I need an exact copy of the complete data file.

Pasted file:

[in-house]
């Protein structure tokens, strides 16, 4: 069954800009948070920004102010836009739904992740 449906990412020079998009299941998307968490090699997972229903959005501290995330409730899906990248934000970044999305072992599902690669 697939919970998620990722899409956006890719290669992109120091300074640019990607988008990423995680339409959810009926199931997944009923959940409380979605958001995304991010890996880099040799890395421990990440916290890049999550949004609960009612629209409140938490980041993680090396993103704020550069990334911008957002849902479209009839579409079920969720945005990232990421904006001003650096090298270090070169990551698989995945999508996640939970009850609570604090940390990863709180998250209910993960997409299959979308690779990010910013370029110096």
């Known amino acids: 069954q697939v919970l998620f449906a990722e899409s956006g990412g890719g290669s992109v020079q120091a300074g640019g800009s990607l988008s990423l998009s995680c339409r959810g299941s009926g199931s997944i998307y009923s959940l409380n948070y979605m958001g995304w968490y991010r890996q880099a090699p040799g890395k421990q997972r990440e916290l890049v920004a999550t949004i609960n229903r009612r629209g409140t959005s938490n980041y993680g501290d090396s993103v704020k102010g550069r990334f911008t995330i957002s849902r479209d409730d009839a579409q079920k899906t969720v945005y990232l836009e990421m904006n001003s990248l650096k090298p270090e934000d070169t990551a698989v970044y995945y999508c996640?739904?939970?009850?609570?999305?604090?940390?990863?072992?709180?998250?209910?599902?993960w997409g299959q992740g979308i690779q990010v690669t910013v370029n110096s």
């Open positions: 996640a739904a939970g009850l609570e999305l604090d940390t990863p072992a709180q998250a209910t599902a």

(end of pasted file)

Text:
[in-house]
């Protein structure tokens, strides 16, 4: 069954800009948070920004102010836009739904992740 449906990412020079998009299941998307968490090699997972229903959005501290995330409730899906990248934000970044999305072992599902690669 697939919970998620990722899409956006890719290669992109120091300074640019990607988008990423995680339409959810009926199931997944009923959940409380979605958001995304991010890996880099040799890395421990990440916290890049999550949004609960009612629209409140938490980041993680090396993103704020550069990334911008957002849902479209009839579409079920969720945005990232990421904006001003650096090298270090070169990551698989995945999508996640939970009850609570604090940390990863709180998250209910993960997409299959979308690779990010910013370029110096």
């Known amino acids: 069954q697939v919970l998620f449906a990722e899409s956006g990412g890719g290669s992109v020079q120091a300074g640019g800009s990607l988008s990423l998009s995680c339409r959810g299941s009926g199931s997944i998307y009923s959940l409380n948070y979605m958001g995304w968490y991010r890996q880099a090699p040799g890395k421990q997972r990440e916290l890049v920004a999550t949004i609960n229903r009612r629209g409140t959005s938490n980041y993680g501290d090396s993103v704020k102010g550069r990334f911008t995330i957002s849902r479209d409730d009839a579409q079920k899906t969720v945005y990232l836009e990421m904006n001003s990248l650096k090298p270090e934000d070169t990551a698989v970044y995945y999508c996640?739904?939970?009850?609570?999305?604090?940390?990863?072992?709180?998250?209910?599902?993960w997409g299959q992740g979308i690779q990010v690669t910013v370029n110096s």
């Open positions: 996640a739904a939970g009850l609570e999305l604090d940390t990863p072992a709180q998250a209910t599902a």